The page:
Last night I finished reading Bleeding Hearts, by Ian Rankin, and just now I drafted my review. I’m trying to work quickly, because I never know when my four-month-old will wake up.
Bleeding Hearts is not the latest Inspector Rebus novel. Like Blood Hunt (2006) and Witch Hunt (2004), it’s a first U.S. edition of a book Rankin published in the U.K. in the 1990s, writing as Jack Harvey. The three aren’t as good as the Rebus novels, but they’re too good to keep hidden from U.S. audiences.
Because I reviewed Blood Hunt so recently, I had a strong sense of deja vu as I started my review of Bleeding Hearts: I was writing the same review. The plot and character names were different, of course, but my review’s framing device was the same and my summary was essentially the same.
I’ve only been at Booklist since 2001 and yet I have had this feeling a number of times. Usually it happens when I’m reviewing the latest book in a series. Most series authors publish a new installment every year, and while they invent new plots, of course, they don’t change the concept too radically. So inevitably I’m going to feel like I’m saying some of the same things.
It’s a challenge to stay original. And I can only imagine what it would be like if I’d been here for 20 years. (Bill Ott tells a funny story about this-maybe I can encourage him to post it in comments.)
On the other hand, it could be argued that keeping things original serves my ego more than the book and the reader. I may want to look like I have something unique and interesting to say every time out, but if an author’s books or series can still be placed in a similar context, saying something truly unique might mean I’d risk looking too hard for something original to say-let’s call it “reading too hard”-and finding something that is: a) a bit of a stretch, or b) not of interest to most readers. I love feeling as if I discovered something that will enhance readers’ understanding of a book, but that same impulse can turn a reviewer into an annoying know-it-all.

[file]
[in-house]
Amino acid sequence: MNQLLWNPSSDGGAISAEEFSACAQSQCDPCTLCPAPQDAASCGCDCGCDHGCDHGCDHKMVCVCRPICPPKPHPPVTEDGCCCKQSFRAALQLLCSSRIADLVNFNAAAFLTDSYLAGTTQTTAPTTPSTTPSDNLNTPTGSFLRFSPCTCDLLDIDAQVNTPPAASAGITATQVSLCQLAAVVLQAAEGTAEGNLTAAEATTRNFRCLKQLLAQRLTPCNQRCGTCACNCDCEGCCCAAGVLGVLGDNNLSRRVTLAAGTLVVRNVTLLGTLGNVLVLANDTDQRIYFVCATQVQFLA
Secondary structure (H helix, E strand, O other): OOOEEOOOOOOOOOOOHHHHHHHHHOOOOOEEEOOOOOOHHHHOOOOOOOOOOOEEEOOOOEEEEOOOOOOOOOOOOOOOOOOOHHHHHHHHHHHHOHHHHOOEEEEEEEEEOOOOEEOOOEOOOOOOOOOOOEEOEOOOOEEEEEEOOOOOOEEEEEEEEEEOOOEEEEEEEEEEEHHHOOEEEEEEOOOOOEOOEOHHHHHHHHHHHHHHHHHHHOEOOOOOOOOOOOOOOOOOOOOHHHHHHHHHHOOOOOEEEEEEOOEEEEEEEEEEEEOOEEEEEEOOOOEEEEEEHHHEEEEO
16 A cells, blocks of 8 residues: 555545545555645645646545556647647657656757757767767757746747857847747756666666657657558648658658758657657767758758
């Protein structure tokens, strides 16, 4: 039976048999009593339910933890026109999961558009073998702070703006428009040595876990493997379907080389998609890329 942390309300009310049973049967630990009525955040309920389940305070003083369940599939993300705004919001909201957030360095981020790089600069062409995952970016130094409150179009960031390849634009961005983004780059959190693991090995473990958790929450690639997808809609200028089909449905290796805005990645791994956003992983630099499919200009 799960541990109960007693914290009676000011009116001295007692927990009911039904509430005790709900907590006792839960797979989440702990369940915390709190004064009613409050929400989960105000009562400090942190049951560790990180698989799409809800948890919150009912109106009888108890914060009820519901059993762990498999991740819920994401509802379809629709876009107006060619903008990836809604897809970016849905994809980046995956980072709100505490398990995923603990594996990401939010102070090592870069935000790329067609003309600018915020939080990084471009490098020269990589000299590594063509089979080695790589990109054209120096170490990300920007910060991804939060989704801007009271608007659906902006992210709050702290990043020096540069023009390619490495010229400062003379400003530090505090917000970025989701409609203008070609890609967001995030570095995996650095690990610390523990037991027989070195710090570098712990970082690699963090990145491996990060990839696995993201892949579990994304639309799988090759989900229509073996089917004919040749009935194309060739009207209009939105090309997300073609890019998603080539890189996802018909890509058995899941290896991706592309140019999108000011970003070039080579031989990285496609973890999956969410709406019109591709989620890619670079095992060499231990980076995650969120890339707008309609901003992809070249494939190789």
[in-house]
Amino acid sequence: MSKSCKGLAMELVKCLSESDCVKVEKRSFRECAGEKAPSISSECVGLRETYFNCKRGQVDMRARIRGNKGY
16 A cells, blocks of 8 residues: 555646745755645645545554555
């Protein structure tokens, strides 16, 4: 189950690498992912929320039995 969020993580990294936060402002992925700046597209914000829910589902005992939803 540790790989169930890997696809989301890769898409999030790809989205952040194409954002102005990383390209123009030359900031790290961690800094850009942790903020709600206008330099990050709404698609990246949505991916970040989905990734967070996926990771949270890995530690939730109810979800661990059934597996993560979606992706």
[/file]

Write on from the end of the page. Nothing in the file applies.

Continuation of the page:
Also, some readers may not have read the previous reviews, or may be coming to an author or series for the first time with the most recent book, which means they need to know the big picture, not some small detail.
Still, there is something that gravels me when I read an old review and find I’ve said the same thing before. I guess the ideal approach is to use shorthand to place the novel in context while offering some new thought that makes the review seem like the latest entry in a developing conversation.
As I’ve said, it’s tough to do that when you’re a book reviewer (writing 175-word reviews) and not a book critic (800 words and, often, many many more). But-and I suspect I speak for many of my colleagues-I do take pride in being able to say a lot with 175 words. I have definitely read longer pieces elsewhere that didn’t add much to what our reviewers have said.
Uh-oh, he’s waking up.